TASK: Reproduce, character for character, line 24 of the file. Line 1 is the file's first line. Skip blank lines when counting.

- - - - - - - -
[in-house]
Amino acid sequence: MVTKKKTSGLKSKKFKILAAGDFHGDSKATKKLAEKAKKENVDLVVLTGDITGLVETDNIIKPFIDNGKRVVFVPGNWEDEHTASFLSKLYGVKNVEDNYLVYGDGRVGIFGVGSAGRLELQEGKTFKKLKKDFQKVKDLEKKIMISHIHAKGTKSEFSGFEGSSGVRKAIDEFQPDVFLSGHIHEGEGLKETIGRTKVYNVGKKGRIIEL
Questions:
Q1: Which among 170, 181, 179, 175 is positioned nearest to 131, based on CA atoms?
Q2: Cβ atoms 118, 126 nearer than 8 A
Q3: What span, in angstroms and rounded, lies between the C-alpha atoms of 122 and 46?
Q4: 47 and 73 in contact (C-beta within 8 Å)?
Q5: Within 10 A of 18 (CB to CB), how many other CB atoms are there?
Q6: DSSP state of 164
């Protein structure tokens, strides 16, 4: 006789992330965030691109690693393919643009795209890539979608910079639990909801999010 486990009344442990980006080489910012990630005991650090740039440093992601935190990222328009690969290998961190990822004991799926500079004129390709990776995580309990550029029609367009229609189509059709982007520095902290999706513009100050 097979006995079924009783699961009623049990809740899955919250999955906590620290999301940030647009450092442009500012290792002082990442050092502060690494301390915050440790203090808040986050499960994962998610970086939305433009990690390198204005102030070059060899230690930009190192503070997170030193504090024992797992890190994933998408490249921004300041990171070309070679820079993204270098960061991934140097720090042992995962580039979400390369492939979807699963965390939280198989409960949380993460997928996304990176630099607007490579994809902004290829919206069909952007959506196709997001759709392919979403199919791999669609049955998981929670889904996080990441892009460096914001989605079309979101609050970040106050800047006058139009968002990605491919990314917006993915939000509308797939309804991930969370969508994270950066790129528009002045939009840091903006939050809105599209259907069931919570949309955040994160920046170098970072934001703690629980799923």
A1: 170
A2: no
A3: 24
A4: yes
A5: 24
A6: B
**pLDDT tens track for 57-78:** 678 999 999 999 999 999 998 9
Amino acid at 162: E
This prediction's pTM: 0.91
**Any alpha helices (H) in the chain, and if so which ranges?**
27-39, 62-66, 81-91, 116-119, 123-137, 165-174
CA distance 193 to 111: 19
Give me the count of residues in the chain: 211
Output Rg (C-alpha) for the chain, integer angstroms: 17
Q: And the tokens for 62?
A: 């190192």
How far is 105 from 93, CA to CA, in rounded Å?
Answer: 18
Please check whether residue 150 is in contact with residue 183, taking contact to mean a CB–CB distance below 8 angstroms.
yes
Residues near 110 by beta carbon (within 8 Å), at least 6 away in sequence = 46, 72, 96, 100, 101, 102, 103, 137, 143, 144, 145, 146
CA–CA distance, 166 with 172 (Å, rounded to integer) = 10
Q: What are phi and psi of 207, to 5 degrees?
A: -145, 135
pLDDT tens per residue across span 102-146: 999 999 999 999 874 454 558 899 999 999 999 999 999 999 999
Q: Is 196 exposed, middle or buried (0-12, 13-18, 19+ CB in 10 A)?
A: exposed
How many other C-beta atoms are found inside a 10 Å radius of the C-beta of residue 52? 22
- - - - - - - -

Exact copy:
Output Rg (C-alpha) for the chain, integer angstroms: 17